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Maine AFL-CIO Holds 29th Convention with Eye Toward 2014 Gov's Race
10/24/2013   Reported By: A.J. Higgins

While their numbers have declined over the last decade, Maine's unions continue to be a force to be reckoned with for politicans, business leaders and public policy makers. The Maine AFL-CIO held is holding its 29th biennial convention in Bangor over the next two days and is focusing on ways to grow membership and maximize its clout in next year's governor's race. A. J. Higgins reports.

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At a time when the national percentage of workers represented by collective bargaining agreements has dropped from 11.8 percent to 11.3 percent, Maine's 64,000 unionized employees are holding their own. In fact, Maine saw a slight increase in its share of union workers last year, from 11.3 percent to 11.5 percent.

Matt Schlobohm, president of the Maine AFL-CIO, says things are looking up for organized labor in Maine.

"I think what's important is that workers start to organize in larger and larger numbers," Schlobohm says. 'I think that ball is moving in the right direction, and we'd like to see it move faster and bigger. And I think work is being done to help that happen."

Next week, the Maine Labor Relations Board will meet to consider aspects of a plan by municipal employees in the town of Warrne to unionize, and earlier this year, the Oxford County Deputy Association opted to be represented by the Teamsters. Even independent-minded Maine lobstermen are organizing, an example of how collective bargaining has spread to occupations that have, up to now, gone unrepresented.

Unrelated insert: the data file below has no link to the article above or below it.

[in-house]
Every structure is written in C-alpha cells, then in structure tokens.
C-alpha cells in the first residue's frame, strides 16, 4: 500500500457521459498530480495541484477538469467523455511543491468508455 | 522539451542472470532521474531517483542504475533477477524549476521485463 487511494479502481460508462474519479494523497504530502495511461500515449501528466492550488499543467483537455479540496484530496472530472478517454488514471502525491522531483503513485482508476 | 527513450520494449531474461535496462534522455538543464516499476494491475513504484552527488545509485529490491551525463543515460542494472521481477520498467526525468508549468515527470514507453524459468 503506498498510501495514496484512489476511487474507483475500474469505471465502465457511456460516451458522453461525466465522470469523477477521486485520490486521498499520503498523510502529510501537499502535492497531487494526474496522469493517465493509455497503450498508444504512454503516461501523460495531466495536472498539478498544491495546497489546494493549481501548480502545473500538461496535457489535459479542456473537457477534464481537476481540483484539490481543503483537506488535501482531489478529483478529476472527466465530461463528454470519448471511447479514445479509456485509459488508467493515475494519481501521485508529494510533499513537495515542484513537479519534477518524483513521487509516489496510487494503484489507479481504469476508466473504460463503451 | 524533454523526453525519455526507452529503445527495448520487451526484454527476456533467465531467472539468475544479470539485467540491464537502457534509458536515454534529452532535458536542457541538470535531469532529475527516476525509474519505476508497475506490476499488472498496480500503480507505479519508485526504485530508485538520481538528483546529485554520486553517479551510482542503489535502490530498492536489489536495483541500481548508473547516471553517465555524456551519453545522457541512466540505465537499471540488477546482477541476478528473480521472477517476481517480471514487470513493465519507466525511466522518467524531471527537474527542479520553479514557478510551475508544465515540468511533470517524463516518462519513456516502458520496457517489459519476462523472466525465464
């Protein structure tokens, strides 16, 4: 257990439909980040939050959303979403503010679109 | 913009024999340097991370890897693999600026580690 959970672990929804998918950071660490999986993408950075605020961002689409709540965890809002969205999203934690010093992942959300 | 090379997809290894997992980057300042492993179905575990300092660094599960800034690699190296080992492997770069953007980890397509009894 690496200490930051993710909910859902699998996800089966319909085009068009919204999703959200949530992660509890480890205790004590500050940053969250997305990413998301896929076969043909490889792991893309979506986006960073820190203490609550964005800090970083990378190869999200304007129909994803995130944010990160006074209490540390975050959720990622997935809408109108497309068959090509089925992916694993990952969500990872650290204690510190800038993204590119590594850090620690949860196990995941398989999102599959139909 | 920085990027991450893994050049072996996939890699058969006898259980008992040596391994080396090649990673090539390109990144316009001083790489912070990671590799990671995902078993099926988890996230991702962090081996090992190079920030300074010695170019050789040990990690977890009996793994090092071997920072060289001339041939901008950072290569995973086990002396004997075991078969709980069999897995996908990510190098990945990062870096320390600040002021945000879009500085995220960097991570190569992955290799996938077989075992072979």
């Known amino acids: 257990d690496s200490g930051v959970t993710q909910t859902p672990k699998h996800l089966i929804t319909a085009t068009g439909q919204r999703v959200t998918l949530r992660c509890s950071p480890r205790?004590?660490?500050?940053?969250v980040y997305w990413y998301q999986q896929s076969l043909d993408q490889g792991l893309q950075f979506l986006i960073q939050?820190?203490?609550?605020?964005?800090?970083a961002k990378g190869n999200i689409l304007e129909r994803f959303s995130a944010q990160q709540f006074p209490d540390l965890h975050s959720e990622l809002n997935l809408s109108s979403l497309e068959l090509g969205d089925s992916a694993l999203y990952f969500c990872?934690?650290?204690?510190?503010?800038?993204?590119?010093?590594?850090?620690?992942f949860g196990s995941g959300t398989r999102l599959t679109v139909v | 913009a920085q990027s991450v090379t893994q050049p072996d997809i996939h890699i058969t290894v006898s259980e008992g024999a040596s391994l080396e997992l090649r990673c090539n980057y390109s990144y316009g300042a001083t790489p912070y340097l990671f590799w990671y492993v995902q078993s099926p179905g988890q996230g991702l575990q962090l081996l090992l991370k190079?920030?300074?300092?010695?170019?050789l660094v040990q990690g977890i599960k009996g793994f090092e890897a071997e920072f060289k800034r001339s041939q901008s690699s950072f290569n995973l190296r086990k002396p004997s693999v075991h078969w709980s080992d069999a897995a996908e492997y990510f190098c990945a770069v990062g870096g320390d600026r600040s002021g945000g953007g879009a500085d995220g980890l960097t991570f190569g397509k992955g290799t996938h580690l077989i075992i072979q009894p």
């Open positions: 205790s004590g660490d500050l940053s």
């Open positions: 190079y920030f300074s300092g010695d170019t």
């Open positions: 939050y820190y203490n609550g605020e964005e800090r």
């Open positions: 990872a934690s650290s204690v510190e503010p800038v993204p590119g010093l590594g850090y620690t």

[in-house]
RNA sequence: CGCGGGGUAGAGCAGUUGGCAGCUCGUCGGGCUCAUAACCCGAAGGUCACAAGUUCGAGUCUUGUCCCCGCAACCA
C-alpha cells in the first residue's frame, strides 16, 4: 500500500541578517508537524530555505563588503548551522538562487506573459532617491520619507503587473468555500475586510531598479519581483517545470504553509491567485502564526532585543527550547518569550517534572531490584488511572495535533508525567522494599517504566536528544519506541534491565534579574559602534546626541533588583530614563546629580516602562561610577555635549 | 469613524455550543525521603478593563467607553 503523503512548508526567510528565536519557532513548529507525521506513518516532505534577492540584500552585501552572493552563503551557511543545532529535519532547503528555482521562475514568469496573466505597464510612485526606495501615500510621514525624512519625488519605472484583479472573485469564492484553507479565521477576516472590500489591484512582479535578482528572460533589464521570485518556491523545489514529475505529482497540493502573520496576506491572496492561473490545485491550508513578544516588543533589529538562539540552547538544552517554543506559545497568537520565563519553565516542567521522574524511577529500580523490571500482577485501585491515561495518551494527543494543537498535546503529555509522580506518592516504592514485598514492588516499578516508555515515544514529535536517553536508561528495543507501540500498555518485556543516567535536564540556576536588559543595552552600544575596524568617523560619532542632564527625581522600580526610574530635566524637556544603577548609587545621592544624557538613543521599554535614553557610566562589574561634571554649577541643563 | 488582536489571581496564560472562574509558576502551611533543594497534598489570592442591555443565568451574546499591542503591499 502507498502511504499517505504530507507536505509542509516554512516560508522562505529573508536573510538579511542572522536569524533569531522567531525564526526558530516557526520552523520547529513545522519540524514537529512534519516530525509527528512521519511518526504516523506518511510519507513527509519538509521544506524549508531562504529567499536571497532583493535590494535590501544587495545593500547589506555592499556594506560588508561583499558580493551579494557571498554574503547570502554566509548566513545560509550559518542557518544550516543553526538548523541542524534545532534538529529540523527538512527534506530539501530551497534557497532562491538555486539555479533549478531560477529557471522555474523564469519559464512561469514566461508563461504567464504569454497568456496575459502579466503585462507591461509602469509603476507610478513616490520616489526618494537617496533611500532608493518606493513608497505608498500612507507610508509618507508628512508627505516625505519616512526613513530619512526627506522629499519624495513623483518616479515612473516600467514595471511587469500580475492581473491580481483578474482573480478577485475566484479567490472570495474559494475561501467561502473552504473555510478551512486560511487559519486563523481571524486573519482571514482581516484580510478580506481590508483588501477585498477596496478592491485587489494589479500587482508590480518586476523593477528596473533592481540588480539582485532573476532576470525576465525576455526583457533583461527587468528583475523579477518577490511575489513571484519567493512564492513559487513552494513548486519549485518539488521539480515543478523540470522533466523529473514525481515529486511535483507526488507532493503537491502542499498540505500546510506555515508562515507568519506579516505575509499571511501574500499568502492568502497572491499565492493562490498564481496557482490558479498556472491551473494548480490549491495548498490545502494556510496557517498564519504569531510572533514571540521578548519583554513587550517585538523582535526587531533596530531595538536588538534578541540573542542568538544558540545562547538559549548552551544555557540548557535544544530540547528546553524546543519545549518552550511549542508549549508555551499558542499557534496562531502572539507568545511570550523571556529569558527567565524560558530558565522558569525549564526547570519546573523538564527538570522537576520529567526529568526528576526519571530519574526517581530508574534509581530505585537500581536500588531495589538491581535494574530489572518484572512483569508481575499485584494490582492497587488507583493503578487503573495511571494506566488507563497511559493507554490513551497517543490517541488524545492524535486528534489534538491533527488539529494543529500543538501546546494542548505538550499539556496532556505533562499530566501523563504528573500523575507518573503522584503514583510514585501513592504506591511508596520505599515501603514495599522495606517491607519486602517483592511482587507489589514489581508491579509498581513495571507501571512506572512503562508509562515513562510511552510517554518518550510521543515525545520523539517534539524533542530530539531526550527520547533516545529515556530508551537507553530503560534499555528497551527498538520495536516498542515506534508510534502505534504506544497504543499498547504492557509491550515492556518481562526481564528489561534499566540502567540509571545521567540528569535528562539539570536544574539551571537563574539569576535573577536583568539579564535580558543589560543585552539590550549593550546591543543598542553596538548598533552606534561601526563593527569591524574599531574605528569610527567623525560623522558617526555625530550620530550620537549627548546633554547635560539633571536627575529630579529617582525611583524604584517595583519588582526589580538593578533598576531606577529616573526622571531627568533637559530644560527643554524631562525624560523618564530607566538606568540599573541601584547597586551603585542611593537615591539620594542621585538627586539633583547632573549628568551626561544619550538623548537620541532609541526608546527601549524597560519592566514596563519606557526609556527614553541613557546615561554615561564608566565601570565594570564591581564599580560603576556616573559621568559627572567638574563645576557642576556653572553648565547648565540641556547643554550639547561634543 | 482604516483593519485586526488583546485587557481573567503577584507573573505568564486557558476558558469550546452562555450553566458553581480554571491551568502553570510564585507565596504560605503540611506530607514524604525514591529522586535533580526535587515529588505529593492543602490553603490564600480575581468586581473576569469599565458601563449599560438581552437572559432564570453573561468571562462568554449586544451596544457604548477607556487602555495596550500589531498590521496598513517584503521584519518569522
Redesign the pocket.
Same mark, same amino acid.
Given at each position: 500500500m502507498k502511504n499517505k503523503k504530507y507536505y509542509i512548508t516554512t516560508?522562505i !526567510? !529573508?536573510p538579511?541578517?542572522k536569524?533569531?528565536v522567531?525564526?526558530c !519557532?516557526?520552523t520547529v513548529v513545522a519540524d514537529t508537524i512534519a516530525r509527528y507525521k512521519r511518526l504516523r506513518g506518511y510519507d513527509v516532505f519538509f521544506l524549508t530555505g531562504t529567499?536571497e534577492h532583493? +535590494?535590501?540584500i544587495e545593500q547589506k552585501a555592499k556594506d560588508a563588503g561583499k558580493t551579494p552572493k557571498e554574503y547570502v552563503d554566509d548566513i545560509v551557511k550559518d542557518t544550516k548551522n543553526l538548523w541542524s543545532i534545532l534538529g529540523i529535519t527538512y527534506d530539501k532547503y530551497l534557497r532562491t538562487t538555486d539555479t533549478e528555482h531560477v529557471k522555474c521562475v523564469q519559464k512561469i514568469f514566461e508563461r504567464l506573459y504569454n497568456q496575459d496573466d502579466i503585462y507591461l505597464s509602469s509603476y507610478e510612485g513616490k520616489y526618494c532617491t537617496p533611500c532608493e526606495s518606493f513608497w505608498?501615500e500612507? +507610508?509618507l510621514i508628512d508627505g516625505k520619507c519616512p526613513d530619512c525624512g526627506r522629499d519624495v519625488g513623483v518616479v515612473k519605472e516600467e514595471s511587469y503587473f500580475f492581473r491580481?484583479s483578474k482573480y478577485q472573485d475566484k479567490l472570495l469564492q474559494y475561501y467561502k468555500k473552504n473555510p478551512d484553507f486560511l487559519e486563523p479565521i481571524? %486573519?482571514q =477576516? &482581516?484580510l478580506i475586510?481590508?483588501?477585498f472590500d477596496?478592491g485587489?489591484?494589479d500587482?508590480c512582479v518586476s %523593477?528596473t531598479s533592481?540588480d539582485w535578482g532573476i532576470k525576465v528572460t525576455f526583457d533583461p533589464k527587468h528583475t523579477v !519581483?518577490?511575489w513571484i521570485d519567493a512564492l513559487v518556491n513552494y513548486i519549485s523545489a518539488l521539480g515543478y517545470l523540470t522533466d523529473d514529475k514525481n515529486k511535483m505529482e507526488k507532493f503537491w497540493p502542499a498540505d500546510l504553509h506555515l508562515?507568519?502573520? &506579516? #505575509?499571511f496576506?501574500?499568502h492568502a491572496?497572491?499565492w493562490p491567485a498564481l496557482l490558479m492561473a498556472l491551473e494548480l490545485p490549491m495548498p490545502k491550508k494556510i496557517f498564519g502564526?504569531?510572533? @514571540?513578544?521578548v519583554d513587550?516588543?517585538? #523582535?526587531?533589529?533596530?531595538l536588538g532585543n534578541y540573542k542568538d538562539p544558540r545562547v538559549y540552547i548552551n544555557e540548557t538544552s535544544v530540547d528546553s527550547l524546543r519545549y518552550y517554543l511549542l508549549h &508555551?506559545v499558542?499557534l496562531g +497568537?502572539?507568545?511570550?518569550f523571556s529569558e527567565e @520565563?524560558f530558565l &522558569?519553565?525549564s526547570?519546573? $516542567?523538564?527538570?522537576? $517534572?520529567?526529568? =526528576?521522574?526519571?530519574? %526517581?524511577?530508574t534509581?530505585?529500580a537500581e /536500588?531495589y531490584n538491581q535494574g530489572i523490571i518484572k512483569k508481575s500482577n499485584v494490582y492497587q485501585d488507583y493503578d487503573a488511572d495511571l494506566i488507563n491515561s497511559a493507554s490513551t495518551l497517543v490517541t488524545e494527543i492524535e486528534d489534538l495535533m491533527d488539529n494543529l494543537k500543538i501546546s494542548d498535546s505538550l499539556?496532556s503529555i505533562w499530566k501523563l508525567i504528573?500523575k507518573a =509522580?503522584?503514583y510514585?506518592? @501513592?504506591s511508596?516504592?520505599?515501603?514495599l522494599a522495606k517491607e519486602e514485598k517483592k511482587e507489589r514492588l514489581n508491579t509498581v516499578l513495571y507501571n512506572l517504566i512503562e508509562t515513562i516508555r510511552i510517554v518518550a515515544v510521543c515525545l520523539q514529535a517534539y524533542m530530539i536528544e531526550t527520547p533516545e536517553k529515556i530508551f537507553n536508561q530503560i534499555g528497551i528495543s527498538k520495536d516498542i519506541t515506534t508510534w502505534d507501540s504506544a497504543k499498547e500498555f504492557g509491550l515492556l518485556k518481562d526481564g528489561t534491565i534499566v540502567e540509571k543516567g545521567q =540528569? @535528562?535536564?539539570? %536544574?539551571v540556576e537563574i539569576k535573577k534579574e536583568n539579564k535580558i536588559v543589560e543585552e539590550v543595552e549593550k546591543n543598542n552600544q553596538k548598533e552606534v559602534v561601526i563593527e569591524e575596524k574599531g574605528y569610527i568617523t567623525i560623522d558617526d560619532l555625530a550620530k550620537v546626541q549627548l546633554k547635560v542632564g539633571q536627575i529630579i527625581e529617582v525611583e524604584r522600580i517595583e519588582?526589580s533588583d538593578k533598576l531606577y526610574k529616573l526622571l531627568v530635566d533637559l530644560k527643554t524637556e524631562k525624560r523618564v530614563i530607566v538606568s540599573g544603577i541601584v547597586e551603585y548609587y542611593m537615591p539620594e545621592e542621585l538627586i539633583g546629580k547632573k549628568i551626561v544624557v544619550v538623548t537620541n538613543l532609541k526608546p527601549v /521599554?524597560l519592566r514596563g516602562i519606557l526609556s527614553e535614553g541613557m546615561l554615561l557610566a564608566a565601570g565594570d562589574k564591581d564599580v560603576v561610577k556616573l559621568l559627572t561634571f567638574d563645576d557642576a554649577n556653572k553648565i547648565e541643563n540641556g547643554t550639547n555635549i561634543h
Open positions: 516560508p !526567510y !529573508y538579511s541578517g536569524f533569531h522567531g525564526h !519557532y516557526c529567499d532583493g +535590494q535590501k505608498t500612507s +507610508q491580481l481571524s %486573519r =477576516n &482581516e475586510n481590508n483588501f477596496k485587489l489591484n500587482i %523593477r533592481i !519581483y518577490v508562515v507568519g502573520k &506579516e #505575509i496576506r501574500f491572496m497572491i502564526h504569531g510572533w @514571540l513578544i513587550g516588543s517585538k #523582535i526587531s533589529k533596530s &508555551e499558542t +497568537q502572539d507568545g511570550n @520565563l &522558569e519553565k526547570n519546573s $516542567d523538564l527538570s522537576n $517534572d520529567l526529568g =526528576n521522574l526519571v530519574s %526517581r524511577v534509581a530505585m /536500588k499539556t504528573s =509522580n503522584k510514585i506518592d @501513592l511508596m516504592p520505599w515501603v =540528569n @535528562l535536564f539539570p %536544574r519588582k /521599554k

Carol Sanborn is among the 20 paralegals at the Topsham law firm of McTeague, Higbee who joined the International Association of Machinists and Aerospace Workers this year. Ironically, the firm specializes in labor law and represents the very same union. Sanborn says that's made organizing the office a somewhat delicate matter.

"We needed to choose our affiliation very carefully," she says. "We needed to have people helping us who had a high degree of integrity, so that our position would not be compromised at any point in the process. It was a rather delicate situation because, again, it was a client or affiliation going against its own lawyers."

But Sanborn says the relationship is working out well for all parties at the firm, and union officials say that message of collaboration is one they wish to build on in the year ahead as Maine prepares for its next gubernatorial election.

Cokie Giles, of the 2,000-member Maine State Nurses Association, says Mainers have never had a clearer choice between the two major parties this year. Incumbent Republican Gov. Paul LePage was manager of Marden's Surplus and Salvage in Maine, while Democratic challenger Mike Michaud is a former union fork lift operator at what was once the Great Northern Paper Co.

Michaud is on the AFL-CIO's schedule for both days, and has been endorsed by the 10,000-member Maine State Employees Association. Giles says it's clear why Michaud has union support.

"Mike Michaud - I feel he truly cares about people," Giles says. "I don't really understand Gov. LePage. I don't understand what he says, the way he says it, and the complete lack of any sort of compassion to the rest of the people in Maine."

Despite numbers that show unions holding their own in Maine, Greater Portland Chamber of Commerce CEO Chris Hall says that support comes from public sector workers. He says Maine's private sector - particularly small businesses -continue to find no need for unions.

"That's the just the reality," Hall says. "I think about all the job growth that's occuring in this region, I don't know that any of it's unionized. I really don't."

While Maine's percentage of unionized workers remains constant on a year-to-year basis at 11.5 percent, it has declined over the last dozen years, when nearly 14 percent of all of the state's workers were affiliated with a union.

Editor's Note: In the interest of full disclosure, msot of MPBN's reporting staff is represented by the Maine Education Association.


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